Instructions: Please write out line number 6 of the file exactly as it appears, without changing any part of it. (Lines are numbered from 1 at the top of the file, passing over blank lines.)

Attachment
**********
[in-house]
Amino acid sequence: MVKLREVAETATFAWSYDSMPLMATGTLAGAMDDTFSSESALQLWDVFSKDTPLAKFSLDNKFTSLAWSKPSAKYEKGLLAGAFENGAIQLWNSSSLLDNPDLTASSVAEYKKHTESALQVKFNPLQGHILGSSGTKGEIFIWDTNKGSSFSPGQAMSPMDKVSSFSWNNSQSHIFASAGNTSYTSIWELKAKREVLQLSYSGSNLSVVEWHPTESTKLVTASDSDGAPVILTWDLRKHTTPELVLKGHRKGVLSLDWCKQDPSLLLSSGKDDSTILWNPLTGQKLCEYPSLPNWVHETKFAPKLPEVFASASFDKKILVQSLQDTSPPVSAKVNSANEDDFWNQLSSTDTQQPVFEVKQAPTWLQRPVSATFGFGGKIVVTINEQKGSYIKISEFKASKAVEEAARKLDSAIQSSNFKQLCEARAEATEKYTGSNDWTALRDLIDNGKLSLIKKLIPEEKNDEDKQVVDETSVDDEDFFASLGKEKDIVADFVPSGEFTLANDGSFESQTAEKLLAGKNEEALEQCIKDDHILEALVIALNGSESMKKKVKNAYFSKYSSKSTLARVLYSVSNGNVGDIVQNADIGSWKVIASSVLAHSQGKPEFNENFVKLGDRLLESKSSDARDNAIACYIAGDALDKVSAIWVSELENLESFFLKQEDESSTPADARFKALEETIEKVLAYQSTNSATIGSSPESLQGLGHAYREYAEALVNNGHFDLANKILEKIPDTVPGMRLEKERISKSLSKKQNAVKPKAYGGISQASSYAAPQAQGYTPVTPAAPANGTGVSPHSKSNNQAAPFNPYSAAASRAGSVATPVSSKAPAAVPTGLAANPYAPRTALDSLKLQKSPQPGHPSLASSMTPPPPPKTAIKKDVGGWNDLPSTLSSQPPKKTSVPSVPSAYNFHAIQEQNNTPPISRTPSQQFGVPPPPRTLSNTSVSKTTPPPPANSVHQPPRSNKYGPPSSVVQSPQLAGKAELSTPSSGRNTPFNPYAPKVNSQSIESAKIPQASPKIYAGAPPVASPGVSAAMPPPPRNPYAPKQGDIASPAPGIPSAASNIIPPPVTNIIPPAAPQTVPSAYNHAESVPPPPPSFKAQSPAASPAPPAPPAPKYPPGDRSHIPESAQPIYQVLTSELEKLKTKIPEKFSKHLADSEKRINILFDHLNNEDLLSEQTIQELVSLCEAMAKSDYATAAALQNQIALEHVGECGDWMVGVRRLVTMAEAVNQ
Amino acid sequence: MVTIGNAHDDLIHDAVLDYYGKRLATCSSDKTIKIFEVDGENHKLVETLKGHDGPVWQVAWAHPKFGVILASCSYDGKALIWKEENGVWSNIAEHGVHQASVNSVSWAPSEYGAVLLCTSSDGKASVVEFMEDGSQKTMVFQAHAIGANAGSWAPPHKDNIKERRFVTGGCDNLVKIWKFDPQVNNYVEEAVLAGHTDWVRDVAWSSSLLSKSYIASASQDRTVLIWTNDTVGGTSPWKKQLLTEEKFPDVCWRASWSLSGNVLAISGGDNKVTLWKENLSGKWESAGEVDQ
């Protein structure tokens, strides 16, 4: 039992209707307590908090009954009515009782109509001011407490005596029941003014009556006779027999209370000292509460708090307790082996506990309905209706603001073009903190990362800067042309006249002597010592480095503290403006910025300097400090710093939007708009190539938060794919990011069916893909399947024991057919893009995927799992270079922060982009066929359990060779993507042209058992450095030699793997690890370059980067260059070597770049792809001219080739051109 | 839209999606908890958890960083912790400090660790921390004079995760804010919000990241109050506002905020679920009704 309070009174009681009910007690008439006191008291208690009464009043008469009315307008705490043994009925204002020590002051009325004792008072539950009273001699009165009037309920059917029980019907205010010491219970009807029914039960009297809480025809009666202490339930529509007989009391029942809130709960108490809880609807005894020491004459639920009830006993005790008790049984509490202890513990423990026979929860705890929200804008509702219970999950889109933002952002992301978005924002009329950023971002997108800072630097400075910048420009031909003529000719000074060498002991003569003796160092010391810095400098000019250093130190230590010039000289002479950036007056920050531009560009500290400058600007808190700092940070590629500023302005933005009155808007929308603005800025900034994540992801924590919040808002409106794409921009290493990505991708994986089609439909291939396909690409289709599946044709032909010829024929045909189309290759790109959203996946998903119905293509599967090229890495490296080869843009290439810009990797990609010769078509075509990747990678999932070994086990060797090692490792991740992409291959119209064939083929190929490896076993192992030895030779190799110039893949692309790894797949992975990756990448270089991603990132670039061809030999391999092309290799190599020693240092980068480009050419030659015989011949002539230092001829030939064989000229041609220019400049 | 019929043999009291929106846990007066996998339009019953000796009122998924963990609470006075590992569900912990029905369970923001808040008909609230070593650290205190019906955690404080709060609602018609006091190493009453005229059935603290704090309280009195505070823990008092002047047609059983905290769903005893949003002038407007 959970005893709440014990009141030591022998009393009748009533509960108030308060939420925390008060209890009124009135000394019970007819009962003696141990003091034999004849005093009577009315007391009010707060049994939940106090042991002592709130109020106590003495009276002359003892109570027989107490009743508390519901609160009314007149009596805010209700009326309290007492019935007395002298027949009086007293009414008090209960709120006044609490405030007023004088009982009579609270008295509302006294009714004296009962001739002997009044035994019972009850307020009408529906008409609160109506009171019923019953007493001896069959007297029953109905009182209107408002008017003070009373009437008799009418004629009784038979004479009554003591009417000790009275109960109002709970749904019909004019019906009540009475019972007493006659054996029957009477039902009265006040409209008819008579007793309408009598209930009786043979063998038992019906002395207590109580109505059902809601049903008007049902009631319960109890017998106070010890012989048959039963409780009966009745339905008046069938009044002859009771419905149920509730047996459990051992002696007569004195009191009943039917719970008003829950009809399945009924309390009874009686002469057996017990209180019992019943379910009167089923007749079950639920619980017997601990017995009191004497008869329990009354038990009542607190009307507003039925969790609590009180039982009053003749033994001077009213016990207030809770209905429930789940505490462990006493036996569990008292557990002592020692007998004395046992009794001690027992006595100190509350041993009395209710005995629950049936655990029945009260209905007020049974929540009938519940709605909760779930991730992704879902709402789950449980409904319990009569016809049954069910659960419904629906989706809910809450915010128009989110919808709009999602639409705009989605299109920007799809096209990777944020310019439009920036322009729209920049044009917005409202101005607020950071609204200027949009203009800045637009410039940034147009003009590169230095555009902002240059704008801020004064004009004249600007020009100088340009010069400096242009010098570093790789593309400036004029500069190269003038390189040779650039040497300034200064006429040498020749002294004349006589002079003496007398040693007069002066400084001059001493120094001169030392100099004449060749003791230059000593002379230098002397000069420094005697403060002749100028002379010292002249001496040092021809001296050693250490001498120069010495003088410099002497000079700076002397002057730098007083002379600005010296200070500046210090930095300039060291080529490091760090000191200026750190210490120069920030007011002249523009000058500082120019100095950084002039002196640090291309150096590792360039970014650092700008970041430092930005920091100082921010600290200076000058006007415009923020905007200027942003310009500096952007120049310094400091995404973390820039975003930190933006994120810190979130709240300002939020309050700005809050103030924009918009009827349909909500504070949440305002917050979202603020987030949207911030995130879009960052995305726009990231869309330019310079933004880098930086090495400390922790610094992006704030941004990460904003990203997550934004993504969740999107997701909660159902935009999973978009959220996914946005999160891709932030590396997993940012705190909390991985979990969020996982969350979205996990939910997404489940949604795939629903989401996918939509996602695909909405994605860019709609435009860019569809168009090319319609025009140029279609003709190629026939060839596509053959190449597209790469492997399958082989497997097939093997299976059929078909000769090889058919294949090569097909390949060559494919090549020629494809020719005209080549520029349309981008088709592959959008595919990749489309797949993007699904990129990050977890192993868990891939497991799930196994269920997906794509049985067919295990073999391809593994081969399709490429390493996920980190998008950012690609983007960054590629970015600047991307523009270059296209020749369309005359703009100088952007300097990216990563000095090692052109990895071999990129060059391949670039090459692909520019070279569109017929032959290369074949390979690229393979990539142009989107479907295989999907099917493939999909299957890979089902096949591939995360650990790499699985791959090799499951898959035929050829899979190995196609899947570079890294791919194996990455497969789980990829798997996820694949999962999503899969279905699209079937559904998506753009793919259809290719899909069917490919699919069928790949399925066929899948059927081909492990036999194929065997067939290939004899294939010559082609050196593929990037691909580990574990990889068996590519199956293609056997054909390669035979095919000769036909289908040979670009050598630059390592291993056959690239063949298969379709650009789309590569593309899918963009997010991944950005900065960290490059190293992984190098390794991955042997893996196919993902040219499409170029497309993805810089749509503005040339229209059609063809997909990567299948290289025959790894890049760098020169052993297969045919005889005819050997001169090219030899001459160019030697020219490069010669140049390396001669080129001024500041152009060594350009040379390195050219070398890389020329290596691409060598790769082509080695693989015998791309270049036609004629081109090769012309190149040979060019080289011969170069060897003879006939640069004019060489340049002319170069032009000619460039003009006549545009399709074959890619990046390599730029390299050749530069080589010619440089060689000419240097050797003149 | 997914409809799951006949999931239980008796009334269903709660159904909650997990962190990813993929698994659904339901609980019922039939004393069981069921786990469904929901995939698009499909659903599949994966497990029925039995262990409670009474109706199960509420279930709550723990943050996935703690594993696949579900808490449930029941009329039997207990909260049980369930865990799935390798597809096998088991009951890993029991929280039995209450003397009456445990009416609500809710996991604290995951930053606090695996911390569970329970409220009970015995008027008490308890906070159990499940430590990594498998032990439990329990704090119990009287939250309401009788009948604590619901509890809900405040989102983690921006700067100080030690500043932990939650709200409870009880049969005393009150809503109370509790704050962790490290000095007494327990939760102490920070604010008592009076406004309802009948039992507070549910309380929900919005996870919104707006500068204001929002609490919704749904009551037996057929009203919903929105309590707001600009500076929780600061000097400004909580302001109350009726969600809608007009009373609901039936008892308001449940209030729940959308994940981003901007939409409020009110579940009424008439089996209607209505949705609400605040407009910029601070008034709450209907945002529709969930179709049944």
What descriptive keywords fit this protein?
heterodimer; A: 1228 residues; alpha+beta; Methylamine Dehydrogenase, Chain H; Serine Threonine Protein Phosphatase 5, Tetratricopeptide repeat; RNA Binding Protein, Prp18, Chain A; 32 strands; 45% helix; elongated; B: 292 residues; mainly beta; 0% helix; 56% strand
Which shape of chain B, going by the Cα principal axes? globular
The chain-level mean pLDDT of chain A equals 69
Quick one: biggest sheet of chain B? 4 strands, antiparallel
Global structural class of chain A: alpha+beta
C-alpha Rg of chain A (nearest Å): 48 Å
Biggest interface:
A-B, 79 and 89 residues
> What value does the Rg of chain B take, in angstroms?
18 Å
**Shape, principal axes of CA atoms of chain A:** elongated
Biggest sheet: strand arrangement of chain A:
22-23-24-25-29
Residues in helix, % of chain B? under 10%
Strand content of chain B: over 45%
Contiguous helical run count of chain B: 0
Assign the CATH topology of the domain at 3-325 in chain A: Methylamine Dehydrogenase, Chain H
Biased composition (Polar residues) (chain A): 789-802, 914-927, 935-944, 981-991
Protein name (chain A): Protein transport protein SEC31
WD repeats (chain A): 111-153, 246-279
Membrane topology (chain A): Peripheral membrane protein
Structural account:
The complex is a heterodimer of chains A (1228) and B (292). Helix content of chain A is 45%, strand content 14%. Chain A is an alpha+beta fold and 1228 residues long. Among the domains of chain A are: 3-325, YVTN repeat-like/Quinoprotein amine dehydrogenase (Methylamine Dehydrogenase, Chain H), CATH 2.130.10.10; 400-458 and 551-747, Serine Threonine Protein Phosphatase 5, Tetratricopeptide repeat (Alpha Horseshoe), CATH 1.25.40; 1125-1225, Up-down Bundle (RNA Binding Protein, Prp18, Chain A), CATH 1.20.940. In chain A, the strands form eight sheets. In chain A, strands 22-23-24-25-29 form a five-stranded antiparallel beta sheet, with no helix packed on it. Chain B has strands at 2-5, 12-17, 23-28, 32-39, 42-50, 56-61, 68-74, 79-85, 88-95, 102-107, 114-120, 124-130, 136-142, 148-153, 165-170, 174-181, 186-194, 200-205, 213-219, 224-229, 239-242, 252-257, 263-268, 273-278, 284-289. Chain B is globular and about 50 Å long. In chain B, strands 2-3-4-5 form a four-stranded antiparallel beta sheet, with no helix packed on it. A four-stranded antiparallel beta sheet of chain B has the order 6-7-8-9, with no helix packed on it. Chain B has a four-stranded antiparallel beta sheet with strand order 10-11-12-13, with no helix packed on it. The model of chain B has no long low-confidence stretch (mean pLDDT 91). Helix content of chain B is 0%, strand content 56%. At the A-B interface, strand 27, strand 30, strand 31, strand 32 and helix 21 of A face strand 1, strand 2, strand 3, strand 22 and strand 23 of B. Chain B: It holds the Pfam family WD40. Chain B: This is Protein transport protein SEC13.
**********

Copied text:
heterodimer; A: 1228 residues; alpha+beta; Methylamine Dehydrogenase, Chain H; Serine Threonine Protein Phosphatase 5, Tetratricopeptide repeat; RNA Binding Protein, Prp18, Chain A; 32 strands; 45% helix; elongated; B: 292 residues; mainly beta; 0% helix; 56% strand